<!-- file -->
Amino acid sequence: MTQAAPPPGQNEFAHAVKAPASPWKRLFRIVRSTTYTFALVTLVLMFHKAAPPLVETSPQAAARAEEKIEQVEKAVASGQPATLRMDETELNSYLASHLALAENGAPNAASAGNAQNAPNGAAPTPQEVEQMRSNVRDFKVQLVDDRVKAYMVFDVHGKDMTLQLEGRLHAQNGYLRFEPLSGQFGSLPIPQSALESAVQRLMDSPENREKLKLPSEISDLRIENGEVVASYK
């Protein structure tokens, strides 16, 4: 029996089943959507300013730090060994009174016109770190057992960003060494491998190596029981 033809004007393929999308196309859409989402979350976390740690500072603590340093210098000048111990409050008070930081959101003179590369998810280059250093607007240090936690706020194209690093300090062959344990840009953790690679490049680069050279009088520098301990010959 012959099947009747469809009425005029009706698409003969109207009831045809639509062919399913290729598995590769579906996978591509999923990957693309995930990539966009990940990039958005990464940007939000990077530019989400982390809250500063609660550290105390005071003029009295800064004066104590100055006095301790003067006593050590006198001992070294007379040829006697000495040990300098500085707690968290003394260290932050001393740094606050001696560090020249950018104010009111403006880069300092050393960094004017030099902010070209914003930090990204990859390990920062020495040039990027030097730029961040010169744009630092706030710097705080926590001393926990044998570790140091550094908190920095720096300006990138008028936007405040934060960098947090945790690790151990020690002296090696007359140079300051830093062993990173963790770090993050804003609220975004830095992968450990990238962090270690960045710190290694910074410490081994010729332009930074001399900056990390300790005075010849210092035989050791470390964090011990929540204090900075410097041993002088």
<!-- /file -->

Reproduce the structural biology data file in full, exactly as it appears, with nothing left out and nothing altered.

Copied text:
Amino acid sequence: MTQAAPPPGQNEFAHAVKAPASPWKRLFRIVRSTTYTFALVTLVLMFHKAAPPLVETSPQAAARAEEKIEQVEKAVASGQPATLRMDETELNSYLASHLALAENGAPNAASAGNAQNAPNGAAPTPQEVEQMRSNVRDFKVQLVDDRVKAYMVFDVHGKDMTLQLEGRLHAQNGYLRFEPLSGQFGSLPIPQSALESAVQRLMDSPENREKLKLPSEISDLRIENGEVVASYK
């Protein structure tokens, strides 16, 4: 029996089943959507300013730090060994009174016109770190057992960003060494491998190596029981 033809004007393929999308196309859409989402979350976390740690500072603590340093210098000048111990409050008070930081959101003179590369998810280059250093607007240090936690706020194209690093300090062959344990840009953790690679490049680069050279009088520098301990010959 012959099947009747469809009425005029009706698409003969109207009831045809639509062919399913290729598995590769579906996978591509999923990957693309995930990539966009990940990039958005990464940007939000990077530019989400982390809250500063609660550290105390005071003029009295800064004066104590100055006095301790003067006593050590006198001992070294007379040829006697000495040990300098500085707690968290003394260290932050001393740094606050001696560090020249950018104010009111403006880069300092050393960094004017030099902010070209914003930090990204990859390990920062020495040039990027030097730029961040010169744009630092706030710097705080926590001393926990044998570790140091550094908190920095720096300006990138008028936007405040934060960098947090945790690790151990020690002296090696007359140079300051830093062993990173963790770090993050804003609220975004830095992968450990990238962090270690960045710190290694910074410490081994010729332009930074001399900056990390300790005075010849210092035989050791470390964090011990929540204090900075410097041993002088």